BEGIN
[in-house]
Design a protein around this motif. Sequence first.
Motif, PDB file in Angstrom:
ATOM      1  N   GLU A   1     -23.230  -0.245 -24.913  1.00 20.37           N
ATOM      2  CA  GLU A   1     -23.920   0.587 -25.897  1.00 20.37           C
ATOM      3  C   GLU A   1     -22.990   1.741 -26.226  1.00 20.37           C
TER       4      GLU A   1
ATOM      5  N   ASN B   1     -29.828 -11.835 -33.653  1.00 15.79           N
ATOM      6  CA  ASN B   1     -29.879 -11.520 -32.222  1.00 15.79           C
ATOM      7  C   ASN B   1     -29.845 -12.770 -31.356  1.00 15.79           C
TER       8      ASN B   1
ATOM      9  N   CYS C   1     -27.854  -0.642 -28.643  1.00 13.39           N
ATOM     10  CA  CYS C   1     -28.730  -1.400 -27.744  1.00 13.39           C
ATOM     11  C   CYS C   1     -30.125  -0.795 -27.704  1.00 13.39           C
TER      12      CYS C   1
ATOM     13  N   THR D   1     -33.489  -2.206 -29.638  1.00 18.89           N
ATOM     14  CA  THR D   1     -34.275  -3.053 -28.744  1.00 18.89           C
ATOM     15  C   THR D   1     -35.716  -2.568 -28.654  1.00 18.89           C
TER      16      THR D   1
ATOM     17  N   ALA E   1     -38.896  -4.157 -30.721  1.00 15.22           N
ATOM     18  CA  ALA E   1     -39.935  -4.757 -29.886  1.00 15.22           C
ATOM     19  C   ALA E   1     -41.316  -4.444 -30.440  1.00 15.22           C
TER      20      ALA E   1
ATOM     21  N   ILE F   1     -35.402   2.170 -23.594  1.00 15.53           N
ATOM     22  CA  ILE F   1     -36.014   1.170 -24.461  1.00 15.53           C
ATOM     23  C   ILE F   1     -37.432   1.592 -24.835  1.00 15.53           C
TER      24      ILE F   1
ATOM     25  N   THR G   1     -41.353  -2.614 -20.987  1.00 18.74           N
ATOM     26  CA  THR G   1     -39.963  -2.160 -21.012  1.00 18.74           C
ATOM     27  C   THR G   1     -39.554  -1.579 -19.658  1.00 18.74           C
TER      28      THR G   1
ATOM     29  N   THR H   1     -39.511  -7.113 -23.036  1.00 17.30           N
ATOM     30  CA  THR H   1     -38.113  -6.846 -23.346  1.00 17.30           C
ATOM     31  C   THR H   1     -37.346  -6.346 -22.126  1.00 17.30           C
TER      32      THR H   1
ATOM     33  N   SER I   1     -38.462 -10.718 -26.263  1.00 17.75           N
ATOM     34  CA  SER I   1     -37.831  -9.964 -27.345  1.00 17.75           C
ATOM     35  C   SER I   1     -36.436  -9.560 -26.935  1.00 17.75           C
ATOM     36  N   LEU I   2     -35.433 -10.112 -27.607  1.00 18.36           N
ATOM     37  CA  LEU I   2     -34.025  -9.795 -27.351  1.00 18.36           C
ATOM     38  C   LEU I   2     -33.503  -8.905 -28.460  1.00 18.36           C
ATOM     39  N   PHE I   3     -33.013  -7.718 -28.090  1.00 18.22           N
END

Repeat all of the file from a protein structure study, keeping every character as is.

[in-house]
Design a protein around this motif. Sequence first.
Motif, PDB file in Angstrom:
ATOM      1  N   GLU A   1     -23.230  -0.245 -24.913  1.00 20.37           N
ATOM      2  CA  GLU A   1     -23.920   0.587 -25.897  1.00 20.37           C
ATOM      3  C   GLU A   1     -22.990   1.741 -26.226  1.00 20.37           C
TER       4      GLU A   1
ATOM      5  N   ASN B   1     -29.828 -11.835 -33.653  1.00 15.79           N
ATOM      6  CA  ASN B   1     -29.879 -11.520 -32.222  1.00 15.79           C
ATOM      7  C   ASN B   1     -29.845 -12.770 -31.356  1.00 15.79           C
TER       8      ASN B   1
ATOM      9  N   CYS C   1     -27.854  -0.642 -28.643  1.00 13.39           N
ATOM     10  CA  CYS C   1     -28.730  -1.400 -27.744  1.00 13.39           C
ATOM     11  C   CYS C   1     -30.125  -0.795 -27.704  1.00 13.39           C
TER      12      CYS C   1
ATOM     13  N   THR D   1     -33.489  -2.206 -29.638  1.00 18.89           N
ATOM     14  CA  THR D   1     -34.275  -3.053 -28.744  1.00 18.89           C
ATOM     15  C   THR D   1     -35.716  -2.568 -28.654  1.00 18.89           C
TER      16      THR D   1
ATOM     17  N   ALA E   1     -38.896  -4.157 -30.721  1.00 15.22           N
ATOM     18  CA  ALA E   1     -39.935  -4.757 -29.886  1.00 15.22           C
ATOM     19  C   ALA E   1     -41.316  -4.444 -30.440  1.00 15.22           C
TER      20      ALA E   1
ATOM     21  N   ILE F   1     -35.402   2.170 -23.594  1.00 15.53           N
ATOM     22  CA  ILE F   1     -36.014   1.170 -24.461  1.00 15.53           C
ATOM     23  C   ILE F   1     -37.432   1.592 -24.835  1.00 15.53           C
TER      24      ILE F   1
ATOM     25  N   THR G   1     -41.353  -2.614 -20.987  1.00 18.74           N
ATOM     26  CA  THR G   1     -39.963  -2.160 -21.012  1.00 18.74           C
ATOM     27  C   THR G   1     -39.554  -1.579 -19.658  1.00 18.74           C
TER      28      THR G   1
ATOM     29  N   THR H   1     -39.511  -7.113 -23.036  1.00 17.30           N
ATOM     30  CA  THR H   1     -38.113  -6.846 -23.346  1.00 17.30           C
ATOM     31  C   THR H   1     -37.346  -6.346 -22.126  1.00 17.30           C
TER      32      THR H   1
ATOM     33  N   SER I   1     -38.462 -10.718 -26.263  1.00 17.75           N
ATOM     34  CA  SER I   1     -37.831  -9.964 -27.345  1.00 17.75           C
ATOM     35  C   SER I   1     -36.436  -9.560 -26.935  1.00 17.75           C
ATOM     36  N   LEU I   2     -35.433 -10.112 -27.607  1.00 18.36           N
ATOM     37  CA  LEU I   2     -34.025  -9.795 -27.351  1.00 18.36           C
ATOM     38  C   LEU I   2     -33.503  -8.905 -28.460  1.00 18.36           C
ATOM     39  N   PHE I   3     -33.013  -7.718 -28.090  1.00 18.22           N